The idea of overlooking something like using some published flaw in a website to do something such as this, and allowing such people to be brought into business schools with the expectation that they will be in charge of something requiring the exercise of responsibility to others is utterly nuts! These people have acted in a way by which they have conveniently provided an indication of their true colours -- and it's only right to make use of the opportunity to filter them out so they cannot someday end up in a position where they may do real harm to others.

Why waste time scooping up bad apples from the bottom of the barrel of ethical thinking and try putting them through ethics classes to retrain them? It's surely better to pick only those who show some hope of having some concept as to what words like ethics, morals, right vs. wrong are all about, and then put them through the full course of training in an effort to strengthen an already present resolve to do the right thing.

What nonsense!


In Tuesday's letters bag, a reader complained about the price of broadband in the Seychelles. Another reader offered an alternative view:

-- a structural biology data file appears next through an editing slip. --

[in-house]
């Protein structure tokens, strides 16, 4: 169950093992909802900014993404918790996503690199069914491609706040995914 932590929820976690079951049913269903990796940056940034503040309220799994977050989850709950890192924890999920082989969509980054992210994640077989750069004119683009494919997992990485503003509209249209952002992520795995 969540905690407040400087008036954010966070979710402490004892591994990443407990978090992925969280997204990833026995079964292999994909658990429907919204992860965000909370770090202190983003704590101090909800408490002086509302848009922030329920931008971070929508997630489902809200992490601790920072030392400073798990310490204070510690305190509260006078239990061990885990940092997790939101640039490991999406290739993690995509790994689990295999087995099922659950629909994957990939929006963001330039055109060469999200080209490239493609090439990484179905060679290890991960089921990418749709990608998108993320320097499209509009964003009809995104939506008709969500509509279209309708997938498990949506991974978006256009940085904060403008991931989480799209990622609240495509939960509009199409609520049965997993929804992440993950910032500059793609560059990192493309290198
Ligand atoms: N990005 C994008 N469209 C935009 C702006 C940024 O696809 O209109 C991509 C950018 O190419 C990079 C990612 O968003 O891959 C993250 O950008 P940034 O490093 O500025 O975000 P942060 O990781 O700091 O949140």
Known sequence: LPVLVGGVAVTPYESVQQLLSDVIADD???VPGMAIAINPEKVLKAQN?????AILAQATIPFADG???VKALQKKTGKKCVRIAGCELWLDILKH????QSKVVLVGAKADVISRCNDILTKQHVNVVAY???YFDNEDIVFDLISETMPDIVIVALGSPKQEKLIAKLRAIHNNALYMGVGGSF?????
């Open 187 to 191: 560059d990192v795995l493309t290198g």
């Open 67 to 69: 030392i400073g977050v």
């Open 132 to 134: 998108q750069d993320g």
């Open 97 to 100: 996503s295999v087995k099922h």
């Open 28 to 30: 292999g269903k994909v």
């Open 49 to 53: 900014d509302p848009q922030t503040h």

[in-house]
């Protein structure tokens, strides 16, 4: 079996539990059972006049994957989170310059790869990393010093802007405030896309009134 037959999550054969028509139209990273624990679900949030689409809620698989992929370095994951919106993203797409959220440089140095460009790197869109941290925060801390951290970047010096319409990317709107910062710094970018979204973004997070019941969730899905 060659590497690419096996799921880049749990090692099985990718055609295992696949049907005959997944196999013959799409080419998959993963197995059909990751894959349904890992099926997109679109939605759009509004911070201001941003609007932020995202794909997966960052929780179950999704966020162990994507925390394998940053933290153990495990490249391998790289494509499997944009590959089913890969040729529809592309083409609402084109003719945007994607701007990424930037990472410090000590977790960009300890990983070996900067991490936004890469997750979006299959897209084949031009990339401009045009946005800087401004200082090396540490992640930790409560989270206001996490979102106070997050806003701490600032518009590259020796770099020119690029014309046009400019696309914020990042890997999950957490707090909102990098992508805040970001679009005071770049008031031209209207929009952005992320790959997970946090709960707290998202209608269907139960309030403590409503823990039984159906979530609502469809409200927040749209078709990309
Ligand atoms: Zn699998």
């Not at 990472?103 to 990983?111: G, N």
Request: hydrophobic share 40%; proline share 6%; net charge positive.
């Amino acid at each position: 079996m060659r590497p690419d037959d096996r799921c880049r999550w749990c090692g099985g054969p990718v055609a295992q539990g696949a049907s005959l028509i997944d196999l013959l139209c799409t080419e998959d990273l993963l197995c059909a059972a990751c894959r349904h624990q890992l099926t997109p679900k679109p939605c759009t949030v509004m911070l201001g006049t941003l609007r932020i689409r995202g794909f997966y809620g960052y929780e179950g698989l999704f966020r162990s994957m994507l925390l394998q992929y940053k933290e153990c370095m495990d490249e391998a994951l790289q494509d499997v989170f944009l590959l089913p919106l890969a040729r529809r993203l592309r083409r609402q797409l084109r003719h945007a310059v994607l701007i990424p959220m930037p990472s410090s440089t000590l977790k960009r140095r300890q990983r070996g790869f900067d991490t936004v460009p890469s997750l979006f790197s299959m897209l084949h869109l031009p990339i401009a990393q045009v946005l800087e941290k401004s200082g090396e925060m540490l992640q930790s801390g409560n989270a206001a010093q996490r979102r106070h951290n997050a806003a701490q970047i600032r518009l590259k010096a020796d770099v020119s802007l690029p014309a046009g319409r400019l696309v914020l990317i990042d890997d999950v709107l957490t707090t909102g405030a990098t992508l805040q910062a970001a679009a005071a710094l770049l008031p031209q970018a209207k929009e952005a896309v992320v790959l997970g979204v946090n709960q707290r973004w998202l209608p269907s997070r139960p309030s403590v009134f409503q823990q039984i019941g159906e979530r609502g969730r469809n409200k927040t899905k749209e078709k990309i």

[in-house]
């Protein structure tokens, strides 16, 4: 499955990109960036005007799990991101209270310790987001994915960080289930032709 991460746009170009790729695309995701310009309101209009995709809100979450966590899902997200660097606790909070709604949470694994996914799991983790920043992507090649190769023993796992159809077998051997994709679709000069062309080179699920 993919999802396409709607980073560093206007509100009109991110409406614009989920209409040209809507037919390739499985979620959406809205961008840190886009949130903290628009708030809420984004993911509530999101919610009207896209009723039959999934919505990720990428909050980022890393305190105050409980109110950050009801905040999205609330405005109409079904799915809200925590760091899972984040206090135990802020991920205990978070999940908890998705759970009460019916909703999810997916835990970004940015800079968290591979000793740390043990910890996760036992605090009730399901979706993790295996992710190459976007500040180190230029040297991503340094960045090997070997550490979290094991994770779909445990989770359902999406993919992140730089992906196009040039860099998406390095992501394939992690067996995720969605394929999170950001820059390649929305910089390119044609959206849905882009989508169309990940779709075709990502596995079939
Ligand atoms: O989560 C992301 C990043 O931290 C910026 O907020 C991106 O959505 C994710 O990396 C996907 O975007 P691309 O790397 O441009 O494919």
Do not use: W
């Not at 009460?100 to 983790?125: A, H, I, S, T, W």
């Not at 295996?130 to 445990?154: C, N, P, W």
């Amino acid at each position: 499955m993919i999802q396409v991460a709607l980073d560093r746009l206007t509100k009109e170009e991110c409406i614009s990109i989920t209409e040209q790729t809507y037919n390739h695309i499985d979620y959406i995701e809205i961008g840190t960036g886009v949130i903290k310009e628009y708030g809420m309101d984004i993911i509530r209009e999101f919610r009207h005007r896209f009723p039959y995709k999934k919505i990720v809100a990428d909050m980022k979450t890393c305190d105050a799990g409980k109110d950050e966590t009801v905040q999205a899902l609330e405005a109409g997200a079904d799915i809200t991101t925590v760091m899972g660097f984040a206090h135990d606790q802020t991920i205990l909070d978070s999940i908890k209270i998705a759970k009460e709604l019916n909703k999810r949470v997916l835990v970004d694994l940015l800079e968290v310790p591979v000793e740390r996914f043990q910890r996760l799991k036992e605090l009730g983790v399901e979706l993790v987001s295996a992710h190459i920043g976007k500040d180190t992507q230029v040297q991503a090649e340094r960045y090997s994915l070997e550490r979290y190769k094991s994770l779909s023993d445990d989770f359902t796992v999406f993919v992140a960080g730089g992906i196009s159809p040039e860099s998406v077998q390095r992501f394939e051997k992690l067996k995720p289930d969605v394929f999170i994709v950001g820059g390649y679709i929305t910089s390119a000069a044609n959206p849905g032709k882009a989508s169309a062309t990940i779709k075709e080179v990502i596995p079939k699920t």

Hang on a minute - this guy [Steve] lives and works in the Seychelles and he's complaining about the price of broadband access?!?! Talk about not knowing you're born! Come back to cold, wet, dreary Britain and see how much you have to complain about then sunshine.


We also had a couple of suggestions for how to deal with the Lizzard People's attempts to take over control of fleets of French automobiles. Switch the engine off, some readers cried. Now, at the risk of starting some kind of mechanics flame war, we would like to present the views of those who would not recommend such a course of action:

Dear Ed

Richard Young's letter fills me with dread, as I wonder who or what is on the road with evil plans for my life. When I was young, and I'm nearly an old age pensioner now, my motorcycles had BOWDEN cables to connect virtually every control to its final destination, including the brakes. now a little drop of oil kept everything running smoothly. I consider my neighbours with their modern chariots, and all they do is wash and polish them, no interest is taken in what goes on under that shiny skin.